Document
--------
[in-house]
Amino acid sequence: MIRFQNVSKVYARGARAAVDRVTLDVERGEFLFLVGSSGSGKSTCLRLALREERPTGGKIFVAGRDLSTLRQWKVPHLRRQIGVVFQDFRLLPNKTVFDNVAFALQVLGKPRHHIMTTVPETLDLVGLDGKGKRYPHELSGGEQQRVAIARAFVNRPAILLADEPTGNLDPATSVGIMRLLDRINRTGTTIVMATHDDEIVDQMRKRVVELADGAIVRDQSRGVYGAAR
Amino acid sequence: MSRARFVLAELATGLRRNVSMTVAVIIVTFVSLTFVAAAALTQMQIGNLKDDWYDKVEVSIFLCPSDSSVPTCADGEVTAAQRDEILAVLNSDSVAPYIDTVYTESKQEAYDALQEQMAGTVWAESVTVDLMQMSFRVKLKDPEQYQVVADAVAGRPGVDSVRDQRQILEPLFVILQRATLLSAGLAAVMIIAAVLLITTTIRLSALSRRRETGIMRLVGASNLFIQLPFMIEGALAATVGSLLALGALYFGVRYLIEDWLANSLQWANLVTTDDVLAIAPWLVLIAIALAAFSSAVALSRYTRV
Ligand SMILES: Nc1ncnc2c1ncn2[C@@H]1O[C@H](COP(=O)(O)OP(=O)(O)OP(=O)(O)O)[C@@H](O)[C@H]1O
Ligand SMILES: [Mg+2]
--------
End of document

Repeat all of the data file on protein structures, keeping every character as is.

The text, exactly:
[in-house]
Amino acid sequence: MIRFQNVSKVYARGARAAVDRVTLDVERGEFLFLVGSSGSGKSTCLRLALREERPTGGKIFVAGRDLSTLRQWKVPHLRRQIGVVFQDFRLLPNKTVFDNVAFALQVLGKPRHHIMTTVPETLDLVGLDGKGKRYPHELSGGEQQRVAIARAFVNRPAILLADEPTGNLDPATSVGIMRLLDRINRTGTTIVMATHDDEIVDQMRKRVVELADGAIVRDQSRGVYGAAR
Amino acid sequence: MSRARFVLAELATGLRRNVSMTVAVIIVTFVSLTFVAAAALTQMQIGNLKDDWYDKVEVSIFLCPSDSSVPTCADGEVTAAQRDEILAVLNSDSVAPYIDTVYTESKQEAYDALQEQMAGTVWAESVTVDLMQMSFRVKLKDPEQYQVVADAVAGRPGVDSVRDQRQILEPLFVILQRATLLSAGLAAVMIIAAVLLITTTIRLSALSRRRETGIMRLVGASNLFIQLPFMIEGALAATVGSLLALGALYFGVRYLIEDWLANSLQWANLVTTDDVLAIAPWLVLIAIALAAFSSAVALSRYTRV
Ligand SMILES: Nc1ncnc2c1ncn2[C@@H]1O[C@H](COP(=O)(O)OP(=O)(O)OP(=O)(O)O)[C@@H](O)[C@H]1O
Ligand SMILES: [Mg+2]